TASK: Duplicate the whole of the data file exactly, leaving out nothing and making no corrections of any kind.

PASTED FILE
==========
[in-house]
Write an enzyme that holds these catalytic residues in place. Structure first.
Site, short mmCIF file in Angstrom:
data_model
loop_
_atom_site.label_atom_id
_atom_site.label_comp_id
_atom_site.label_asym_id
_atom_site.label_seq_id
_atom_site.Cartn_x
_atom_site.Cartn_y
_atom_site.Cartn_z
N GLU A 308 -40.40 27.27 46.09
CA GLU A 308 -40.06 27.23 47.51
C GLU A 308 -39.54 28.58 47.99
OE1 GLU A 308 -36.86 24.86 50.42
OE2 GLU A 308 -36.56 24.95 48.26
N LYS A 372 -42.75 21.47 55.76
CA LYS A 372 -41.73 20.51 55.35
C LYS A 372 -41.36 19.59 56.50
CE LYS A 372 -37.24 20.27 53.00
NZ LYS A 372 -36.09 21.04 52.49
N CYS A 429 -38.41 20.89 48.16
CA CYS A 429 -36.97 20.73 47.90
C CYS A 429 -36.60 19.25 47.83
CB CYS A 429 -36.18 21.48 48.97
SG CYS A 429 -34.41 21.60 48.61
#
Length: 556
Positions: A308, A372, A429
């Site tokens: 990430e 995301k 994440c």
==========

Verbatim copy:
[in-house]
Write an enzyme that holds these catalytic residues in place. Structure first.
Site, short mmCIF file in Angstrom:
data_model
loop_
_atom_site.label_atom_id
_atom_site.label_comp_id
_atom_site.label_asym_id
_atom_site.label_seq_id
_atom_site.Cartn_x
_atom_site.Cartn_y
_atom_site.Cartn_z
N GLU A 308 -40.40 27.27 46.09
CA GLU A 308 -40.06 27.23 47.51
C GLU A 308 -39.54 28.58 47.99
OE1 GLU A 308 -36.86 24.86 50.42
OE2 GLU A 308 -36.56 24.95 48.26
N LYS A 372 -42.75 21.47 55.76
CA LYS A 372 -41.73 20.51 55.35
C LYS A 372 -41.36 19.59 56.50
CE LYS A 372 -37.24 20.27 53.00
NZ LYS A 372 -36.09 21.04 52.49
N CYS A 429 -38.41 20.89 48.16
CA CYS A 429 -36.97 20.73 47.90
C CYS A 429 -36.60 19.25 47.83
CB CYS A 429 -36.18 21.48 48.97
SG CYS A 429 -34.41 21.60 48.61
#
Length: 556
Positions: A308, A372, A429
């Site tokens: 990430e 995301k 994440c």